Monday, March 15, 2010

Long Nights In Irving Circle Park

Irvington has a spooky feel to it at night, which I suppose is appropriate for a place obsessed with Halloween and named after Washington Irving (author of "The Legend of Sleepy Hollow"). I remember walking my dog, Annie, through Irving Circle Park one night a few days before Halloween last year. The combination of the crisp air, the crackling leaves beneath my feet, and a gusty east wind1 created a perfectly eerie Halloween atmosphere. The streets were deserted except for Annie and me, but it felt like someone - or something - was there. In that moment, I felt very, very alone.

I think some of the loneliest moments we have in life are when we feel like we must make a stand by ourselves. Tell me, what is lonelier than believing there is no one who loves you enough to stay with you through the night and fight - even if that fight is just against the east wind blowing through the deserted streets of Irvington?

And we are alone - we are alone in death and sin. I'm sorry; I don't really know how to sugarcoat it. Maybe I'm just overly cognizant of my own depravity [I am a Presbyterian after all], but I see evidence of my sin all the time. Sin is an alienating thing. I know whenever I think about it, I suddenly feel very alone. Because our sins seperate us from each other and from God.

But we are not without hope, because God has had mercy on the dead. Of course, we too often believe the lie that we have been left for dead in our sin.

There is something about the quiet city at night that seems to expose my feelings of loneliness and death. As someone who has struggled with depression, I can say that nighttime is long and oppressive. It is a battle to survive until morning. And so, when the autumn wind sends a chill down my spine in Irving Circle Park I don't have time to remember that it's just the wind. I'm too busy having flash backs to all those nights when my only prayer was, "Lord, just let me make it to morning."

So maybe it is just the east wind. Or maybe it's Satan trying to convince me that I am alone and that God has left me for dead. When that happens - when I feel like I'm the only one left in the war - I remember the story of the valley of the dry bones from Ezekiel. You can read the whole thing here, but my favorite part is:
9Then he said to me, "Prophesy to the breath; prophesy, son of man, and say to it, 'This is what the Sovereign LORD says: Come from the four winds, O breath, and breathe into these slain, that they may live.' " 10So I prophesied as he commanded me, and breath entered them; they came to life and stood up on their feet—a vast army.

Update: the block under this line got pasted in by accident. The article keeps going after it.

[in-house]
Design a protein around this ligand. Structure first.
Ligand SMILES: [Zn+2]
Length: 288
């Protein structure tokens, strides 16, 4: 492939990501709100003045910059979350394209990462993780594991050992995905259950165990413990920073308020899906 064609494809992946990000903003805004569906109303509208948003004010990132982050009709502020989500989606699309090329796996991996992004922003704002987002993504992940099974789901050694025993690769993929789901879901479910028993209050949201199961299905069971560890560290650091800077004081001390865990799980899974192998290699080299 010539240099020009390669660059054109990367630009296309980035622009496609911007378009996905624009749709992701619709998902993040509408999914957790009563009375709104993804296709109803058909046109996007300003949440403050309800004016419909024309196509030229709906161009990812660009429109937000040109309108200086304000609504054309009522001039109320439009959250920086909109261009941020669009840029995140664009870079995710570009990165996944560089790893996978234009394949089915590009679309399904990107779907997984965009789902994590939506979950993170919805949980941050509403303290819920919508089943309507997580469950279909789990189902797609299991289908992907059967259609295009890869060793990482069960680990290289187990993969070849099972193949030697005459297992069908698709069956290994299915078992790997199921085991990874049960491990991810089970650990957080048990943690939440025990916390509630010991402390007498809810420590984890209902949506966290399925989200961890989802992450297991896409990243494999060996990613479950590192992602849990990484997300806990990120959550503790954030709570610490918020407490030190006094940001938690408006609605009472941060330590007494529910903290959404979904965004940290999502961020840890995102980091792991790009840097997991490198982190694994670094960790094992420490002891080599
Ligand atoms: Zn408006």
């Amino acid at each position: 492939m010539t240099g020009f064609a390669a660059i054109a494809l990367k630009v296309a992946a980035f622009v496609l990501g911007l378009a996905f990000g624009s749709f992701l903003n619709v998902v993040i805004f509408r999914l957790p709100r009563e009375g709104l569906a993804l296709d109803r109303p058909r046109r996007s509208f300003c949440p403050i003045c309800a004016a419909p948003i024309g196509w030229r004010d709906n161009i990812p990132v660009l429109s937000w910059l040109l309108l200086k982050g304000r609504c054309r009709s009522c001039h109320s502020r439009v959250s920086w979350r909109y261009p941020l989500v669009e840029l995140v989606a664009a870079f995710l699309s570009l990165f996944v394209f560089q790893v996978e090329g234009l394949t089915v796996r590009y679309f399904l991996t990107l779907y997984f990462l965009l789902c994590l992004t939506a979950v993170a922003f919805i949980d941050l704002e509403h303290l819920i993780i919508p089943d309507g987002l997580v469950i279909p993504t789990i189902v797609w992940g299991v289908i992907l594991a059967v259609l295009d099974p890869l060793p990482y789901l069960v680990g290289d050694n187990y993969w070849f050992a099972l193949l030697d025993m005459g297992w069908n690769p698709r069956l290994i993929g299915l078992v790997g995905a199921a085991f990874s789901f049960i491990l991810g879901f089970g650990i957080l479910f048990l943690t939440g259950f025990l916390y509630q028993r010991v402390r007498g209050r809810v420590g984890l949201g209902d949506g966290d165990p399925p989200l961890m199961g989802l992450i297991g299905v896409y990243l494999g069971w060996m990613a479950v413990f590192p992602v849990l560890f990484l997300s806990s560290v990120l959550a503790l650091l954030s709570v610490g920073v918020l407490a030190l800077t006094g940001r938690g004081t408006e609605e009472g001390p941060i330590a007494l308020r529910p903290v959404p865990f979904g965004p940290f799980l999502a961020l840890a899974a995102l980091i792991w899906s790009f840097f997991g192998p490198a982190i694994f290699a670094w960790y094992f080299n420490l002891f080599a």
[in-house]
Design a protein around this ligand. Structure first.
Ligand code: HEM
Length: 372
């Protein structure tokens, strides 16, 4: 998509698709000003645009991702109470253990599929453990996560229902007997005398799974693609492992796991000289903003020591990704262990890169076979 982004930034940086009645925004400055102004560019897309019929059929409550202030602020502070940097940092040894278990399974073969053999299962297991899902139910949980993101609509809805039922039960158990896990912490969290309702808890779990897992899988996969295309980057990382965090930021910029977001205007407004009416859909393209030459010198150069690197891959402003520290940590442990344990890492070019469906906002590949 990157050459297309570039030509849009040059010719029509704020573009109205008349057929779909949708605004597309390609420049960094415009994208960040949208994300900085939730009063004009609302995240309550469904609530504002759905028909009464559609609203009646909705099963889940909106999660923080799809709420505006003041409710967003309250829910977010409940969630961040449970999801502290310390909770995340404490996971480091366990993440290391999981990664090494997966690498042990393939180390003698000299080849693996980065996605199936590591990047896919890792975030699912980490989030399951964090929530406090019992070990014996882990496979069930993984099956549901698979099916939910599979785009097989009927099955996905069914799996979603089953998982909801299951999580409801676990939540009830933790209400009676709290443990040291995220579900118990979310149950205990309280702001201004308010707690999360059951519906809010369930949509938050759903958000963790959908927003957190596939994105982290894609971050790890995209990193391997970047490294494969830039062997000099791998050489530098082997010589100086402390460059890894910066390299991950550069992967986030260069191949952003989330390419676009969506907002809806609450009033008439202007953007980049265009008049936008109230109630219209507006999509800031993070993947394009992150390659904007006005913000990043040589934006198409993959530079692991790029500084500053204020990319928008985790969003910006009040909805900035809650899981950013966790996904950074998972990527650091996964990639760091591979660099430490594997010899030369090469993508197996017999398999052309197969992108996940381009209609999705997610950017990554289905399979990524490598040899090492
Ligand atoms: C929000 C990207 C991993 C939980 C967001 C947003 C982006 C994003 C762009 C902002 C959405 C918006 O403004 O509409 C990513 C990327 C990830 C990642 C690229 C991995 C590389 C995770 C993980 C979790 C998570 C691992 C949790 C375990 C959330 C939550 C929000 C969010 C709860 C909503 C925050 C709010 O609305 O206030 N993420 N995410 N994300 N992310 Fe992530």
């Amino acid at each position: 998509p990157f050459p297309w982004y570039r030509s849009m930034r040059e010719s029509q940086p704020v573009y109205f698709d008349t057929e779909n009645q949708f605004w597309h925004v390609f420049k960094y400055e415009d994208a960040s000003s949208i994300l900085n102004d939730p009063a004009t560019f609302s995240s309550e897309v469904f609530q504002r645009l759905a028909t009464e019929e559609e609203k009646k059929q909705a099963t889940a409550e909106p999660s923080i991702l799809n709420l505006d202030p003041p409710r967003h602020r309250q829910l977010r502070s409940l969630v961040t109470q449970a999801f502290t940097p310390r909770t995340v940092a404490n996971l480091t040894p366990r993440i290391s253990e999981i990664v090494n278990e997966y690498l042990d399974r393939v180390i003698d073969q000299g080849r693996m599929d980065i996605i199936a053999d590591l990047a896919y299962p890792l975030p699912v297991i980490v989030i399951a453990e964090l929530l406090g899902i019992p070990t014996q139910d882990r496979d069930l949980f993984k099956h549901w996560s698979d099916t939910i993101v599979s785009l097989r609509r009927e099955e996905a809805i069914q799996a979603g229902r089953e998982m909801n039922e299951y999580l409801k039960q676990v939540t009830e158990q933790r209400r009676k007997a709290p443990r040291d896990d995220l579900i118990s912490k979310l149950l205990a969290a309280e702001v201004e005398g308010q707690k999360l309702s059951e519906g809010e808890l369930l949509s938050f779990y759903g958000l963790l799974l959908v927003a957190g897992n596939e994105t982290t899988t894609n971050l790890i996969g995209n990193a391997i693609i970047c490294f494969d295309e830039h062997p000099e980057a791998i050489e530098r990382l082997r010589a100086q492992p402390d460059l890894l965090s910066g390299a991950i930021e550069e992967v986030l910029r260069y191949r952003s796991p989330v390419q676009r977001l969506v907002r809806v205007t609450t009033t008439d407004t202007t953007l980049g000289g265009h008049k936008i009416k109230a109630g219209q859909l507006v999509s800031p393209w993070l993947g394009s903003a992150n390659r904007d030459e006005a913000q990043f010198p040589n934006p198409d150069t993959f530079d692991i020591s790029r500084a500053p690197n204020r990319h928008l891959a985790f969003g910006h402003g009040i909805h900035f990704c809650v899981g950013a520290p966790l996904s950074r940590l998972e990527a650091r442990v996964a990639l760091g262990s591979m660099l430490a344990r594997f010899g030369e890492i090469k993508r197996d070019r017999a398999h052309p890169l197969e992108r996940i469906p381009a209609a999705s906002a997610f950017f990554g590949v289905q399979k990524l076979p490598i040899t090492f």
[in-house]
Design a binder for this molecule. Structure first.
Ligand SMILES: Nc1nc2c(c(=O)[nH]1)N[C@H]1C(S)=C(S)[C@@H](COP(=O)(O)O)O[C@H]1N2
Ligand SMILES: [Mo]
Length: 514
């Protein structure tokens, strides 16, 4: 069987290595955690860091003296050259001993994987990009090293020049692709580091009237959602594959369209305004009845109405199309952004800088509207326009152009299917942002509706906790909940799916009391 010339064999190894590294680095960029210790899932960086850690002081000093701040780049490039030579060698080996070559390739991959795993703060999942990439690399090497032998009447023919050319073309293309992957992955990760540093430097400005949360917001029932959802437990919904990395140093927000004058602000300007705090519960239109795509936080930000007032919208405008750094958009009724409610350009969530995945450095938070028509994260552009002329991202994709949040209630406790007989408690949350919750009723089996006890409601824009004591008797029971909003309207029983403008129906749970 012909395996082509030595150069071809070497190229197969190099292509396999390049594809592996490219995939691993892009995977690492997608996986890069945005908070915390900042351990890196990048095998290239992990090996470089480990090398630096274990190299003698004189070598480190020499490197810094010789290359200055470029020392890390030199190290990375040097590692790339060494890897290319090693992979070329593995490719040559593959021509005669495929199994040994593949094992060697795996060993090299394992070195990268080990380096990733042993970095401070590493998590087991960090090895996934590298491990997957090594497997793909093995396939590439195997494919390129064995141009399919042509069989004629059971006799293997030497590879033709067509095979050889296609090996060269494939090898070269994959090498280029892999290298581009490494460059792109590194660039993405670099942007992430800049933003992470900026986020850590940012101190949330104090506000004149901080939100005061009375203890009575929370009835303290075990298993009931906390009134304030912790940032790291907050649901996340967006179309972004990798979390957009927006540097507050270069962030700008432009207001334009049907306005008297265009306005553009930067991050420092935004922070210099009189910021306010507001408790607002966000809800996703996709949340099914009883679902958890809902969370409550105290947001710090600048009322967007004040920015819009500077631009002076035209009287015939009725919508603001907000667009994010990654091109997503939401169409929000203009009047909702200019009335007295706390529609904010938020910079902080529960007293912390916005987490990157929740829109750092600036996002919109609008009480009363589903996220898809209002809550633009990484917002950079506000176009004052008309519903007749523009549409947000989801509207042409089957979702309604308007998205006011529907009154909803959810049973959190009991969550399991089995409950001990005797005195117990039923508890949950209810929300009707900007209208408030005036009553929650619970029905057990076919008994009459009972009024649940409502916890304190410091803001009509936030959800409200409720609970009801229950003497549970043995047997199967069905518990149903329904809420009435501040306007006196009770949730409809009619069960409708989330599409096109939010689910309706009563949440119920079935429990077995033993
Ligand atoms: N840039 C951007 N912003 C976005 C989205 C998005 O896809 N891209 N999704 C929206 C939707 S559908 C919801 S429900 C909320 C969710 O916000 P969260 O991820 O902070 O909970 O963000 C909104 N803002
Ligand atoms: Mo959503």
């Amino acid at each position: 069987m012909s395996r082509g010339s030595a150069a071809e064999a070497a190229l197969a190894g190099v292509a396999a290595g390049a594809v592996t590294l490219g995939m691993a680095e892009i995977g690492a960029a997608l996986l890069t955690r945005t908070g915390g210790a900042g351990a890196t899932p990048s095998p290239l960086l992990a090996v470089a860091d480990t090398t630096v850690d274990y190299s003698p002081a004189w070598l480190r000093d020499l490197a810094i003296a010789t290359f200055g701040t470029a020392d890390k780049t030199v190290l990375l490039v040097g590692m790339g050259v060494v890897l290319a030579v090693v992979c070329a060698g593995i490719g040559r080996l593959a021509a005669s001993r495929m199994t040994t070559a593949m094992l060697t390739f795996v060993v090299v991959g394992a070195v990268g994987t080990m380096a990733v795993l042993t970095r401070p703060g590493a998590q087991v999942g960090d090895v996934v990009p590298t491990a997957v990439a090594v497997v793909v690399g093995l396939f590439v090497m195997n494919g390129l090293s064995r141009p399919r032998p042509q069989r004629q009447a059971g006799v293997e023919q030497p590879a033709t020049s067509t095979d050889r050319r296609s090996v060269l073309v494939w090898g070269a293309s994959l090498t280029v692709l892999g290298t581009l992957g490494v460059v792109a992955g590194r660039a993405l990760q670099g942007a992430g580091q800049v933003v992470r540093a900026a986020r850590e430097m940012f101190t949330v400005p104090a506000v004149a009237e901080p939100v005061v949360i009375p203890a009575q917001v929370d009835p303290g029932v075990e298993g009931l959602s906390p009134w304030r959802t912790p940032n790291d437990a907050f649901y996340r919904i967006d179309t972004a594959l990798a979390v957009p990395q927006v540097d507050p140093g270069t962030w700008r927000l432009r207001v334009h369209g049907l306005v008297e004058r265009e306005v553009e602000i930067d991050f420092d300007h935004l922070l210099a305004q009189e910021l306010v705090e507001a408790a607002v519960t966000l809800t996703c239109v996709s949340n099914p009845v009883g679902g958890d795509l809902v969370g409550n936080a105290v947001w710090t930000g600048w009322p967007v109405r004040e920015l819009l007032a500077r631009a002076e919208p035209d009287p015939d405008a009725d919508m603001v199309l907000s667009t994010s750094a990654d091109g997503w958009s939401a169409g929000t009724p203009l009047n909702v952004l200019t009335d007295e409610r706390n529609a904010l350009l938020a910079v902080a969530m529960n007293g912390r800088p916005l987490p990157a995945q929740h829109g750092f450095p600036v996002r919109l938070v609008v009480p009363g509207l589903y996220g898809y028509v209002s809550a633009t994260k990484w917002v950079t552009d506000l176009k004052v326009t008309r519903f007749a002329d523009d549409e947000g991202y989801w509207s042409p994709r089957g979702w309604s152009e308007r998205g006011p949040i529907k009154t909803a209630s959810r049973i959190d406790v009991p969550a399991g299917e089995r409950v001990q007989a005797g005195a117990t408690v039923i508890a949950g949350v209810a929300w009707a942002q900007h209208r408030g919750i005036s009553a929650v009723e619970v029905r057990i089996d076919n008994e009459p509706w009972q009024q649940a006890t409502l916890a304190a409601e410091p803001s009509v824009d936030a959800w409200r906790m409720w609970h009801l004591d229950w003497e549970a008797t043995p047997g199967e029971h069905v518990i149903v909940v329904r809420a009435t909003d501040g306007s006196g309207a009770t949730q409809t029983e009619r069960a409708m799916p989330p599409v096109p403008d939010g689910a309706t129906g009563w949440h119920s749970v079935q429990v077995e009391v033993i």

We were dead in our sin. But the God who saved us from death, gives us life. And we shall be raised up. And he will fight for us. The God who created the four winds will stop the lies that are spread in the whispers of the east wind. The God who suffered on the cross because he loved us will end our suffering. And the night shall be over; it will have no more power over us.

A Prayer For The Twenty-Third Day Of Lent
Lord, the wind whispers lies as we walk these dark streets. Our sin has roused us from our bed, and sent us into the night looking for solace. But there is no comfort alone in the dark. There are only lies - convincingly told - that seek to keep us from seeing the dawn. We throw ourselves on your mercy, and pray that you keep us safe until morning.

Lord, in your mercy
Hear our prayer

-Ben Reed, March 15, 2010

"Mercy on the Dead"
You can listen to Nathan sing this song at his blog.

Weary from the hardened roads and rejected as a stranger,
No room to deliver Life for the mother of our savior,
Lonely, not but just a prayer to have strength to bear our Maker,
Struggling in the pains of birth hoping God would show his favor.

Oh have mercy on the dead!
Oh come breathe your breath out on this cold ground.
And where you find nothing left,
Raise up your children!

Dull ears and a broken cup was the people that you came to,
Thieves hiding inside your house where the dark could not perceive you,
No life and a withered branch was the garden that you came to,
Hail, coals and the cup of wrath, that you bore to make all things new.

Oh have mercy on the dead!
Oh come breathe your breath out on this cold ground.
And where you find nothing left,
Raise up your children!

The Holy One bends down to dust,
He speaks our name, He calls to us,
“Come out, My Child! You’re mine forever!”

Oh have mercy on the dead!
Oh come breathe your breath out on this cold ground.
And where you find nothing left,
Raise up your children!

1 I don't know if it really was an east wind, but I think east wind sounds good so I'm using it.

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